As Facebook and Twitter become as central to workplace conversation as the company cafeteria, federal regulators are ordering employers to scale back policies that limit what workers can say online.
Employers often seek to discourage comments that paint them in a negative light. Don’t discuss company matters publicly, a typical social media policy will say, and don’t disparage managers, co-workers or the company itself. Violations can be a firing offense.
But in a series of recent rulings and advisories, labor regulators have declared many such blanket restrictions illegal. The National Labor Relations Board says workers have a right to discuss work conditions freely and without fear of retribution, whether the discussion takes place at the office or on Facebook.
In addition to ordering the reinstatement of various workers fired for their posts on social networks, the agency has pushed companies nationwide, including giants like General Motors, Target and Costco, to rewrite their social media rules.
“Many view social media as the new water cooler,” said Mark Pearce, the board’s chairman, noting that federal law has long protected the right of employees to discuss work-related matters. “All we’re doing is applying traditional rules to a new technology.”
The decisions come amid a broader debate over what constitutes appropriate discussion on Facebook and other social networks. Schools and universities are wrestling with online bullying and student disclosures about drug use. Governments worry about what police officers and teachers say and do online on their own time. Even corporate chieftains are finding that their online comments can run afoul of securities regulators.
The labor board’s rulings, which apply to virtually all of the private sector, generally tell companies that it is illegal to adopt broad social media policies — like bans on “disrespectful” comments or posts that criticize the employer — if those policies discourage workers from exercising their right to communicate with one another with the aim of improving wages, benefits or working conditions.
But the agency has also found that it is OK for employers to act against a lone worker ranting on the Internet.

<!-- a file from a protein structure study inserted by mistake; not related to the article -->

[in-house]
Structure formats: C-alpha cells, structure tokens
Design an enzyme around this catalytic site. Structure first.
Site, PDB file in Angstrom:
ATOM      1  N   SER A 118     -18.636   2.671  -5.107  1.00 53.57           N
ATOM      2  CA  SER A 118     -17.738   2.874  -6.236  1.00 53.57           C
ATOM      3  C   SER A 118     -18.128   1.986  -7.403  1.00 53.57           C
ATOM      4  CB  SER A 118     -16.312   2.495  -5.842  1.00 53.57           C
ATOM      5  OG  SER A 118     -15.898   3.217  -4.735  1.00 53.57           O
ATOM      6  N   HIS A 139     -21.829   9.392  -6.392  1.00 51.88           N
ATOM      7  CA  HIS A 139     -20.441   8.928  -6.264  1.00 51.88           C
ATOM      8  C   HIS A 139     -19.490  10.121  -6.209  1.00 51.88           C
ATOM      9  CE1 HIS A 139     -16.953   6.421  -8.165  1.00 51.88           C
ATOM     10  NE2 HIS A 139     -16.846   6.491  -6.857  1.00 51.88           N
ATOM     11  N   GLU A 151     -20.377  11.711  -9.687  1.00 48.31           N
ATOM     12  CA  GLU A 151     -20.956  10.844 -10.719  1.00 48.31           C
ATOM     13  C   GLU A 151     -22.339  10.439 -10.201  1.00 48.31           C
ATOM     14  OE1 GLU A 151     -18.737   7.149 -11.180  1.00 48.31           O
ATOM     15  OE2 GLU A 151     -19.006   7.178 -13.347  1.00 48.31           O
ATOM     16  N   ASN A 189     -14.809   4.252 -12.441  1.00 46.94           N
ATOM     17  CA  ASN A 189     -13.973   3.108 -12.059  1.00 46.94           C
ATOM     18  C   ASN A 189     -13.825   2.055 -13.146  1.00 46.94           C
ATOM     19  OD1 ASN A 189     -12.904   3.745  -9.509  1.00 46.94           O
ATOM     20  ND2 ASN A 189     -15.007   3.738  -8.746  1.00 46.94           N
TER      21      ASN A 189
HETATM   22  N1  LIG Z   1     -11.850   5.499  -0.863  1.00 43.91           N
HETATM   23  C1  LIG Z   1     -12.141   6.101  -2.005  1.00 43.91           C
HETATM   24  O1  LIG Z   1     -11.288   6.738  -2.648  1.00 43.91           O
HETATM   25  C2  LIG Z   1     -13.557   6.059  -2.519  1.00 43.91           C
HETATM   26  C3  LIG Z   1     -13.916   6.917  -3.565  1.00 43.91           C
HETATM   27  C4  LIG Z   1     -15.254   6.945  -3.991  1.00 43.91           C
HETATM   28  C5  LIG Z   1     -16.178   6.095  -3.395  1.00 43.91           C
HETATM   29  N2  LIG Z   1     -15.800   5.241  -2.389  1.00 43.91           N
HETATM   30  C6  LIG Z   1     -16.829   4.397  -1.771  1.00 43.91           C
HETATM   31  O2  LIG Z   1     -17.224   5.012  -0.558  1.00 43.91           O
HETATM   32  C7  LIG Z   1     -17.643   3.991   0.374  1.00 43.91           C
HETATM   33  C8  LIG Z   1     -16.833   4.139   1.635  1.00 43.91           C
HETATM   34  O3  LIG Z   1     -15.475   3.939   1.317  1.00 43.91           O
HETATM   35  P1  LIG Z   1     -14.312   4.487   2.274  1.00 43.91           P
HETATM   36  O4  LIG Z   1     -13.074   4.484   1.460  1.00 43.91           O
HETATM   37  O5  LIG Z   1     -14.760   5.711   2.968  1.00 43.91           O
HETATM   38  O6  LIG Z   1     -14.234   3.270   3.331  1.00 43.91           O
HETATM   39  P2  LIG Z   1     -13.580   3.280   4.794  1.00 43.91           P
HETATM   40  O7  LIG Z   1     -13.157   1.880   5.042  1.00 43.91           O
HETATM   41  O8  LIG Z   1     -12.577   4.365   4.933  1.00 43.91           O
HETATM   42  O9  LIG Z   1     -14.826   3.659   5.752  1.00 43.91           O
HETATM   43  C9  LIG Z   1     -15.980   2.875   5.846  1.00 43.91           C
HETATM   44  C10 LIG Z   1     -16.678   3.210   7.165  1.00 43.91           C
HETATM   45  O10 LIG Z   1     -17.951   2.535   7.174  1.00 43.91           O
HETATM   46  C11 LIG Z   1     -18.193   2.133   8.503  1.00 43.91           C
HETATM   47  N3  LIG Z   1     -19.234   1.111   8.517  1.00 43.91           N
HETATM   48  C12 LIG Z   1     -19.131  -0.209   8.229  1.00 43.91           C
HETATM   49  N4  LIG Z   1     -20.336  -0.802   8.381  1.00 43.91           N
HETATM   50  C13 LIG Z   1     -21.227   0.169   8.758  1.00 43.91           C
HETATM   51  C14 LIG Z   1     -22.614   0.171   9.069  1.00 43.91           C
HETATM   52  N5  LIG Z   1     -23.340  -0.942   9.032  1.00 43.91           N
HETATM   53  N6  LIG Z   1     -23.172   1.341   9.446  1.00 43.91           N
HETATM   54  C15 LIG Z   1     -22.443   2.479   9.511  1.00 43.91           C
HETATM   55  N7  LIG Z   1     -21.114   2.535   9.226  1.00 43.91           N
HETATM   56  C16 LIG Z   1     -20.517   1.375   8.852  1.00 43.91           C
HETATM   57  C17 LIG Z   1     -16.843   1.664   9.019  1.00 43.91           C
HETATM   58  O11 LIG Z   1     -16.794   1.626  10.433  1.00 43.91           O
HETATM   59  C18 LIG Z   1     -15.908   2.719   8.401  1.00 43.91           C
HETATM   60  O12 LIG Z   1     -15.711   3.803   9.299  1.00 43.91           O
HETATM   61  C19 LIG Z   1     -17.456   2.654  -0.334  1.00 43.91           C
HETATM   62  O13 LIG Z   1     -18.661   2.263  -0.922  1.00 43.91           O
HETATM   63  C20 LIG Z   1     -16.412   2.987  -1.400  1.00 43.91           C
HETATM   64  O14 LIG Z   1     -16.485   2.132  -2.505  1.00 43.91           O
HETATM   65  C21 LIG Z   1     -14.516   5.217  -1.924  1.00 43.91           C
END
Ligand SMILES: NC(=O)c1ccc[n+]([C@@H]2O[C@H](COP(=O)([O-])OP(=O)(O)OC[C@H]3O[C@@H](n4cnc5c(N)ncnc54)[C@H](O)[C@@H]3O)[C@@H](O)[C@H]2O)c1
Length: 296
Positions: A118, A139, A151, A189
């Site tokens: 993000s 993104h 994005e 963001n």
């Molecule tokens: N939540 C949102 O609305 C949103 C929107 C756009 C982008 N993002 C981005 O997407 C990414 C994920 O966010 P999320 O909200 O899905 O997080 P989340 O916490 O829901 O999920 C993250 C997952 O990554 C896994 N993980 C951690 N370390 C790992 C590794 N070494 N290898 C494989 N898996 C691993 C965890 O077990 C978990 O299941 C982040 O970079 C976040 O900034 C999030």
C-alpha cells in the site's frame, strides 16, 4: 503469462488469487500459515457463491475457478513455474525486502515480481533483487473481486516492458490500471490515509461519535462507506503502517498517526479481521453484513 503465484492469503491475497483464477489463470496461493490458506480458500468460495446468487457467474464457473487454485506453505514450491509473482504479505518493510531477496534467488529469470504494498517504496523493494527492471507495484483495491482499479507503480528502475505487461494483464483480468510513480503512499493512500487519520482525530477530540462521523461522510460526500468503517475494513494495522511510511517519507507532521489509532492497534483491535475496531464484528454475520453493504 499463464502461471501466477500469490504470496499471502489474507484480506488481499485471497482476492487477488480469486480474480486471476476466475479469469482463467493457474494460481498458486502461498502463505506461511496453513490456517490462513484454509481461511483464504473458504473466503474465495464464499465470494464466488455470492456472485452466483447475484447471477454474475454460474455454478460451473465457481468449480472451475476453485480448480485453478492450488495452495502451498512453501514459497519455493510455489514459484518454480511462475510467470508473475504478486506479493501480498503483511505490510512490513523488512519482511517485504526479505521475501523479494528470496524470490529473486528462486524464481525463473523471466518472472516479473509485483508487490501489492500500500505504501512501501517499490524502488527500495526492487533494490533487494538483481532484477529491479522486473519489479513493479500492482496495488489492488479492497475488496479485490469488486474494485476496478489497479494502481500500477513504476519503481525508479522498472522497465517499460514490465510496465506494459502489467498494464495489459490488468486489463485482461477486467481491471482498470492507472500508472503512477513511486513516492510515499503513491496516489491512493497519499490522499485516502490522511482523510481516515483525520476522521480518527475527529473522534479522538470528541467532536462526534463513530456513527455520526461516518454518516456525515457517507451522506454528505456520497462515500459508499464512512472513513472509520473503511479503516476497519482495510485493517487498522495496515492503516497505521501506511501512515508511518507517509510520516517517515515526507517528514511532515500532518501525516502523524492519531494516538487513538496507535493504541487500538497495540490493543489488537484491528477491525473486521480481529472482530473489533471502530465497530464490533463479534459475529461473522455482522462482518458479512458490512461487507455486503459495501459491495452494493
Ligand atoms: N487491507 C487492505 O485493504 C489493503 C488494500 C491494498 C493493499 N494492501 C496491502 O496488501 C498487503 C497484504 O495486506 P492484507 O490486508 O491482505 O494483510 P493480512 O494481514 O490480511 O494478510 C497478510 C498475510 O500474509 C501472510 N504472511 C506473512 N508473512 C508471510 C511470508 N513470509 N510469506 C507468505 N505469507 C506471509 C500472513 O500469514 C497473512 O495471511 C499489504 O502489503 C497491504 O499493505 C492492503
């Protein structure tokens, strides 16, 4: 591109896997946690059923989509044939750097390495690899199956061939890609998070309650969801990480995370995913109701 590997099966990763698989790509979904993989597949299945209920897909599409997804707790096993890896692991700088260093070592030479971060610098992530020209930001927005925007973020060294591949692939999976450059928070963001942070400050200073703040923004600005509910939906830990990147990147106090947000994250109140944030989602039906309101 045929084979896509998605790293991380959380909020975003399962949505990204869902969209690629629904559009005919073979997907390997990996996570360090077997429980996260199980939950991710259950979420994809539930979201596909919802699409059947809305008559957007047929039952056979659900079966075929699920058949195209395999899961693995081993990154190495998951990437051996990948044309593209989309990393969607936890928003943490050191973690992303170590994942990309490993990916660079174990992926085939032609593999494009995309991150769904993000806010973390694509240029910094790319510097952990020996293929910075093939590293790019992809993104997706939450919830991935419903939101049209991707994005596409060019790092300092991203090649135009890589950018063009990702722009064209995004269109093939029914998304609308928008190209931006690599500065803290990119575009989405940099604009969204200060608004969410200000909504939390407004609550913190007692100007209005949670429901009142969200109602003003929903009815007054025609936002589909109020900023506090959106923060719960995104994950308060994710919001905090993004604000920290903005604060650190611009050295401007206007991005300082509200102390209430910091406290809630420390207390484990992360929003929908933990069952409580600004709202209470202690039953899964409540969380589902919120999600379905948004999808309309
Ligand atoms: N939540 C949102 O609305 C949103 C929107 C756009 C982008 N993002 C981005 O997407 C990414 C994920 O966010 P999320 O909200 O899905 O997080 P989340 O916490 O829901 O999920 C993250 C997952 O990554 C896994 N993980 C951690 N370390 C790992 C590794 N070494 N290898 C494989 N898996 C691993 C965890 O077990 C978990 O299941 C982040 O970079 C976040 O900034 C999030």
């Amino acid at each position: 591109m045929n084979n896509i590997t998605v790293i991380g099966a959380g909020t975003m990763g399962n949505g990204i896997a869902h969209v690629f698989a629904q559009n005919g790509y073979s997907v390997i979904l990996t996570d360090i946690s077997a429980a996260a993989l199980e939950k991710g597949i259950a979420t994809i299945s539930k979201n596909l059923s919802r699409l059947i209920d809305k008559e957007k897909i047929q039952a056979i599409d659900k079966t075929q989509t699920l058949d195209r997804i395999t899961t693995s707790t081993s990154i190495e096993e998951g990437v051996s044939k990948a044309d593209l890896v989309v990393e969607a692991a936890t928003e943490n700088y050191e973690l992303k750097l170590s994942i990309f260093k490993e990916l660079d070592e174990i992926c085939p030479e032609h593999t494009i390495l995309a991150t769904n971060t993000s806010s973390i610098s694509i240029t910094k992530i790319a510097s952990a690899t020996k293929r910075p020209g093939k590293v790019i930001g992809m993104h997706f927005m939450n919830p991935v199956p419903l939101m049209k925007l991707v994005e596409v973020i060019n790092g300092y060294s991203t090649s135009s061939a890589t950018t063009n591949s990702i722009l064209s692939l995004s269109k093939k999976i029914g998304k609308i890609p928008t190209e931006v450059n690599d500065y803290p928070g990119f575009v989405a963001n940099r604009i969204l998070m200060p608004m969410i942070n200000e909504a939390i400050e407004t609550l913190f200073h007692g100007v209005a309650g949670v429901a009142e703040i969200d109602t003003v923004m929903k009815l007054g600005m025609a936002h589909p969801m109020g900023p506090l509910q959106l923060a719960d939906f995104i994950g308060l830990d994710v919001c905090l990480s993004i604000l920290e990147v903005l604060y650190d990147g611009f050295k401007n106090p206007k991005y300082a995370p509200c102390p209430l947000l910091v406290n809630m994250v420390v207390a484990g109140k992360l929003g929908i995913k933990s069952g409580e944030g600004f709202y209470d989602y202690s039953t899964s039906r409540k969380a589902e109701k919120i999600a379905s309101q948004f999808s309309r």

Several cases illustrate the differing standards.
At Hispanics United of Buffalo, a nonprofit social services provider in upstate New York, a caseworker threatened to complain to the boss that others were not working hard enough. Another worker, Mariana Cole-Rivera, posted a Facebook message asking, “My fellow co-workers, how do you feel?”
Several of her colleagues posted angry, sometimes expletive-laden, responses. “Try doing my job. I have five programs,” wrote one. “What the hell, we don’t have a life as is,” wrote another.
Hispanics United fired Cole-Rivera and four other caseworkers who responded to her, saying they had violated the company’s harassment policies by going after the caseworker who complained.
In a 3-1 decision last month, the labor board concluded that the caseworkers had been unlawfully terminated. It found that the posts in 2010 were the type of “concerted activity” for “mutual aid” that is expressly protected by the National Labor Relations Act.
“The board’s decision felt like vindication,” said Cole-Rivera, who has since found another social work job.
The NLRB had far less sympathy for a police reporter at The Arizona Daily Star.
Frustrated by a lack of news, the reporter posted several Twitter comments. One said, “What?!?!?! No overnight homicide. ... You’re slacking, Tucson.” Another began, “You stay homicidal, Tucson.”
The newspaper fired the reporter, and board officials found the dismissal legal, saying the posts were offensive, not concerted activity and not about working conditions.
The agency also affirmed the firing of a bartender in Illinois. Unhappy about not receiving a raise for five years, the bartender posted on Facebook, calling his customers “rednecks” and saying he hoped they choked on glass as they drove home drunk.